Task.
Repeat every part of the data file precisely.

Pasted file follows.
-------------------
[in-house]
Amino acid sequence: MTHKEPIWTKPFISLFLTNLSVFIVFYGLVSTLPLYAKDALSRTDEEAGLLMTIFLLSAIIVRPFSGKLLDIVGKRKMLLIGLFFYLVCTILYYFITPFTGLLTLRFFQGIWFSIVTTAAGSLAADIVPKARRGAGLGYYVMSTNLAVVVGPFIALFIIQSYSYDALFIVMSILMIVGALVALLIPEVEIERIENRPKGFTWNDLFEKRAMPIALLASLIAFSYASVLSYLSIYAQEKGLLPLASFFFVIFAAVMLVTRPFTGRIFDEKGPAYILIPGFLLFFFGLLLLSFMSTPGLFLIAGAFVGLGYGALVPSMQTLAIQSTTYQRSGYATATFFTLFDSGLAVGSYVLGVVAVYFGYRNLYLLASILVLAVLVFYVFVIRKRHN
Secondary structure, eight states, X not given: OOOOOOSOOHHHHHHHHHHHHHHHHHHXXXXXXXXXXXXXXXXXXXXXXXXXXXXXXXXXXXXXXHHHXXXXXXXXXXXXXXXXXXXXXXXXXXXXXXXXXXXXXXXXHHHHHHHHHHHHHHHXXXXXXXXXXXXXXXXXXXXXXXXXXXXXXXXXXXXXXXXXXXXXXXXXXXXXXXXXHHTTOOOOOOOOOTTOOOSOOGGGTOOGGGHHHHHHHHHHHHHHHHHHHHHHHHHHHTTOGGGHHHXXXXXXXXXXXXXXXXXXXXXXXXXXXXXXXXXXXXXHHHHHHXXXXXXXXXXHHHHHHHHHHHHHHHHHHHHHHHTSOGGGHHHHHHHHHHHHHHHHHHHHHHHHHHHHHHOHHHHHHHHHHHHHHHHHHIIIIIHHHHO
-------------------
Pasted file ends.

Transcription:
[in-house]
Amino acid sequence: MTHKEPIWTKPFISLFLTNLSVFIVFYGLVSTLPLYAKDALSRTDEEAGLLMTIFLLSAIIVRPFSGKLLDIVGKRKMLLIGLFFYLVCTILYYFITPFTGLLTLRFFQGIWFSIVTTAAGSLAADIVPKARRGAGLGYYVMSTNLAVVVGPFIALFIIQSYSYDALFIVMSILMIVGALVALLIPEVEIERIENRPKGFTWNDLFEKRAMPIALLASLIAFSYASVLSYLSIYAQEKGLLPLASFFFVIFAAVMLVTRPFTGRIFDEKGPAYILIPGFLLFFFGLLLLSFMSTPGLFLIAGAFVGLGYGALVPSMQTLAIQSTTYQRSGYATATFFTLFDSGLAVGSYVLGVVAVYFGYRNLYLLASILVLAVLVFYVFVIRKRHN
Secondary structure, eight states, X not given: OOOOOOSOOHHHHHHHHHHHHHHHHHHXXXXXXXXXXXXXXXXXXXXXXXXXXXXXXXXXXXXXXHHHXXXXXXXXXXXXXXXXXXXXXXXXXXXXXXXXXXXXXXXXHHHHHHHHHHHHHHHXXXXXXXXXXXXXXXXXXXXXXXXXXXXXXXXXXXXXXXXXXXXXXXXXXXXXXXXXHHTTOOOOOOOOOTTOOOSOOGGGTOOGGGHHHHHHHHHHHHHHHHHHHHHHHHHHHTTOGGGHHHXXXXXXXXXXXXXXXXXXXXXXXXXXXXXXXXXXXXXHHHHHHXXXXXXXXXXHHHHHHHHHHHHHHHHHHHHHHHTSOGGGHHHHHHHHHHHHHHHHHHHHHHHHHHHHHHOHHHHHHHHHHHHHHHHHHIIIIIHHHHO